By David H. Ringstrom
The "customer preview," or public beta version, of Office 2013 became available online today
. I'll give you a quick read on what I found in my first spin through Excel 2013. I'll have much more to report in the coming months.
Microsoft hasn't yet confirmed a shipment date for the final release, but it's widely expected to be delivered late 2012 or early 2013.
As shown in Figure 1, the ribbon interface that was introduced in Excel 2007 is retained in Excel 2013. The user interface itself has been tweaked, with changes like blocky worksheet tabs and capitalized ribbon tab names ‒ e.g., "HOME" instead of "Home."
Figure 1: Excel 2013's new user interface.
The File menu, shown in Figure 2, has been reworked as well.
Figure 2: Excel 2013's File menu.
At first glance, most new features seem to be focused on Cloud-based document storage and number crunching:
Quick Analysis - Right-click on a selection of cells to preview conditional formatting, charts, totals, tables, and sparklines. You can view each of these features on the fly or click the icon to apply the selected feature.
Flash Fill - This new feature on the data menu purports to generate patterns of data, but as of yet, I can't get it to produce any results.
Recommended Pivot Tables and Charts - These new features build pivot tables or charts on the fly from the source data that you select, saving you from having to build the features by hand.
Power View - This new add-in purportedly will "make better business decisions and create beautiful, interactive reports."
Timeline - A feature for filtering dates interactively in pivot tables, pivot charts, and cubes.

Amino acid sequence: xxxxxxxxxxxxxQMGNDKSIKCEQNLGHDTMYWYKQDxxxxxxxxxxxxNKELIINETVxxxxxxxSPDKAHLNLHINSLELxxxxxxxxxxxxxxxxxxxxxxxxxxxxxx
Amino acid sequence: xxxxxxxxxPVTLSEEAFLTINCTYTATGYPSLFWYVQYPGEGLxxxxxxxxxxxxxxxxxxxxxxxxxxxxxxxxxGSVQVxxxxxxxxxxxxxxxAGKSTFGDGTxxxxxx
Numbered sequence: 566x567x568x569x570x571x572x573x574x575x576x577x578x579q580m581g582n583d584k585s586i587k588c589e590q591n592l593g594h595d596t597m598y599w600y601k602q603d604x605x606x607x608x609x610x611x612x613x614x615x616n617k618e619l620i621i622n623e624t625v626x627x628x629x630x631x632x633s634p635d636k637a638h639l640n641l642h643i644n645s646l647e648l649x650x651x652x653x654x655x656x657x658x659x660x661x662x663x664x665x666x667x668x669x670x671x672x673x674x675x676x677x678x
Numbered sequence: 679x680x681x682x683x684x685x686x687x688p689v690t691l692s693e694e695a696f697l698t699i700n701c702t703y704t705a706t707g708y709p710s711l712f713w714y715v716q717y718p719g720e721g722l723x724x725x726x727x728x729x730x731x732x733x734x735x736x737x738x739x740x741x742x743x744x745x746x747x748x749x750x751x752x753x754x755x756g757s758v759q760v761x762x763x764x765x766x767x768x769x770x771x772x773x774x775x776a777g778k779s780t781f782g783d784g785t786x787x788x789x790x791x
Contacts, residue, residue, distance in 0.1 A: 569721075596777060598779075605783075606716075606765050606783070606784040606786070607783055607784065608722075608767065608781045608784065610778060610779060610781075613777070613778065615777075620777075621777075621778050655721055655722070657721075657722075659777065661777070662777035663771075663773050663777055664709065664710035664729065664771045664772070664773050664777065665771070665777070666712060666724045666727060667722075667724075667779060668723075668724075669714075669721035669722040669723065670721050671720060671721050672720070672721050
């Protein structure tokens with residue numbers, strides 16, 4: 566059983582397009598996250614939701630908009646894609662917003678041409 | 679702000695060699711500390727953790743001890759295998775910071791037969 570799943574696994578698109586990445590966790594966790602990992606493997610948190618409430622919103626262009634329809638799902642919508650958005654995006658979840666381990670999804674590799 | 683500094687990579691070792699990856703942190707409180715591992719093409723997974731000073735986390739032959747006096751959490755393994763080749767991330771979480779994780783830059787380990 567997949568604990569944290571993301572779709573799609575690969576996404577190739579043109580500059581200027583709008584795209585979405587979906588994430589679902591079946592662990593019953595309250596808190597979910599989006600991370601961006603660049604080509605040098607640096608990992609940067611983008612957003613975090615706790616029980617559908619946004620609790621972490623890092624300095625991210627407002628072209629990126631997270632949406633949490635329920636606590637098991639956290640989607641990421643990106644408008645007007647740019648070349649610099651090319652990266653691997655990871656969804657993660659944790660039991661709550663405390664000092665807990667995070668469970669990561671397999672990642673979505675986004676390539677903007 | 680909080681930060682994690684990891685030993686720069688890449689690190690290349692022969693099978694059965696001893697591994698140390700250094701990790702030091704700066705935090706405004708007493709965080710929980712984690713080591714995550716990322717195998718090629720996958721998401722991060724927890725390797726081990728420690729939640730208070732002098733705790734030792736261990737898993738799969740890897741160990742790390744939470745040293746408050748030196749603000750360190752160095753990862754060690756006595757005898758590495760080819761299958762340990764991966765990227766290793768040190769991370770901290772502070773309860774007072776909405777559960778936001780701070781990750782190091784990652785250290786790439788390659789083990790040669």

Relationships - A new feature that will show how data from tables is linked together.
It's likely there are other changes beneath the hood, but the above items are what initially jumped out at me. This version of Office is tightly integrated with Microsoft's Cloud-based SkyDrive
storage platform, but documents can still be saved to a local disk.
Office 2013 will only be compatible with Windows 7 and later, which means Windows XP users will be relegated to Office 2010 or earlier. Although details are still emerging, Office 2013 should be compatible with touch screens, but you'll need to purchase a Windows-compatible tablet or PC to use this feature. As of today's press release, no iPad- or Android-compatible versions of Office 2013 are presently planned.
If you take Office 2013 for a spin, please feel free to post your comments and thoughts below.
Read more articles by David Ringstrom.
About the author:
David H. Ringstrom, CPA heads up Accounting Advisors, Inc., an Atlanta-based software and database consulting firm providing training and consulting services nationwide. Contact David at firstname.lastname@example.org or follow him on Twitter . David speaks at conferences about Microsoft Excel, and presents webcasts for several CPE providers, including AccountingWEB partner CPE Link .